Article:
French Sculpture Census

Hosted by the Nasher Sculpture Center and supported by a consortium of institutions in the U.S. and France, the Census of French Sculpture in American Public Collections is the largest existing website solely dedicated to sculpture.

The French Sculpture Census is the first comprehensive catalogue of French sculpture in the United States. It lists all existing French sculpture, dating from 1500 to 1960, in American public collections. Not only does it take account of works in museums, but also in historic houses, government buildings (the White House, for example), corporate collections, and public space. The scope of the census is vast, both in space and time, and currently includes 7,500 works by 680 artists in 305 locations.

FrenchSculpture.org is both a resource and an educational tool. It offers a glossary of sculpture terms, texts on the making of a sculpture, references for French legal texts defining originals and reproductions, and a series of “Spotlights” on specific works.

Founder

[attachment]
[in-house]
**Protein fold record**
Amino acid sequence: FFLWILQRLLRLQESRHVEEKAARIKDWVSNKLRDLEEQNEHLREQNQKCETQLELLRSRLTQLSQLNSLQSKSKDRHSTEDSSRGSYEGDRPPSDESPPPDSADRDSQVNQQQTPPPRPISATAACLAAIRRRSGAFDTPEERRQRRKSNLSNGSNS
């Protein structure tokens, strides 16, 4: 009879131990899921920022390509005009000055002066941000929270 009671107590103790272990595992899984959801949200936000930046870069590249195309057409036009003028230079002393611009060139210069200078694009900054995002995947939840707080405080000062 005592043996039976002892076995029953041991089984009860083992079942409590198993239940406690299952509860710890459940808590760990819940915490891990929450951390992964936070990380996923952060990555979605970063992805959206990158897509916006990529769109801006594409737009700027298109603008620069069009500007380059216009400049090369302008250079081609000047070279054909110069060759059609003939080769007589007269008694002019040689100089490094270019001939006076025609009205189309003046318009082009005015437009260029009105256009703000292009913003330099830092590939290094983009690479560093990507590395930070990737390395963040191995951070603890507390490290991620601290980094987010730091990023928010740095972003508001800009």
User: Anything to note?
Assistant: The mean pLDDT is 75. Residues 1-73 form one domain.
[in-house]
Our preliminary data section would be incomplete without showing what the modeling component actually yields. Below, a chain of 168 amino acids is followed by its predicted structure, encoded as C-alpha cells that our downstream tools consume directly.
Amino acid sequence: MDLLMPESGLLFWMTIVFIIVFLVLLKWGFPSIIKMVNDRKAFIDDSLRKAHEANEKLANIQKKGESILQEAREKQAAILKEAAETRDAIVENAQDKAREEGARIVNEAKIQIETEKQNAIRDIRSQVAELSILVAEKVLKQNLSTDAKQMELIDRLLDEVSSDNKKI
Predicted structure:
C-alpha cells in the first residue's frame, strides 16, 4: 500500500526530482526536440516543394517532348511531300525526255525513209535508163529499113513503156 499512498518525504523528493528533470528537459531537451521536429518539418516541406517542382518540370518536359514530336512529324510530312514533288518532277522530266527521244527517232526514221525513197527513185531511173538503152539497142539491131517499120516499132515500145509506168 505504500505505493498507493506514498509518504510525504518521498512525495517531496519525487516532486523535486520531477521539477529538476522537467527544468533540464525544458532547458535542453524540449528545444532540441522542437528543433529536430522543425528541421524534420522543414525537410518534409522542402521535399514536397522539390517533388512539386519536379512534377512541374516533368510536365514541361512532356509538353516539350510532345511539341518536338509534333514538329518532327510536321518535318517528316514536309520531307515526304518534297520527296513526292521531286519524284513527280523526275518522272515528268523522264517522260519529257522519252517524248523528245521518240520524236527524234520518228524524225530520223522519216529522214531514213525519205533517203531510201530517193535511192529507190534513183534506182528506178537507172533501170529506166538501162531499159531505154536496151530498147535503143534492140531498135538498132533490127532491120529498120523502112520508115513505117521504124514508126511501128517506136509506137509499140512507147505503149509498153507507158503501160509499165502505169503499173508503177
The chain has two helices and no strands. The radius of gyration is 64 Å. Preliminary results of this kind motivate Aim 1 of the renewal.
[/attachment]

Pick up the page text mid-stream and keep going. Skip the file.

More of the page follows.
Laure de Margerie, Director of the French Sculpture Census, was Senior Archivist and head of the Sculpture Archives at the Musée d’Orsay in Paris, from 1978 through 2009. In this position she curated several exhibitions including Facing the Other: Charles Cordier (1827-1905), Ethnographic Sculptor (Paris, Quebec City, New York, 2004/05). She was part of the team who installed the sculpture collection at the opening of the museum in 1986 and co-authored the collection catalogue (1986). De Margerie also worked as archivist in charge of historic buildings in Normandy in Rouen (1983-1985) and oversaw rights and reproductions at the National Archives in Paris (1991-1992). She was awarded a fellowship at the Clark Art Institute, in Williamstown, MA (2000/01), and was the Sculpture and Decorative Arts Department guest scholar at the J. Paul Getty Museum in Los Angeles, CA (Fall 2011).

Partners

Nasher Sculpture Center
University of Texas at Dallas
Institut National d'Histoire de l'Art (INHA)
Musée d'Orsay
Musée Rodin
Ecole du Louvre

Explore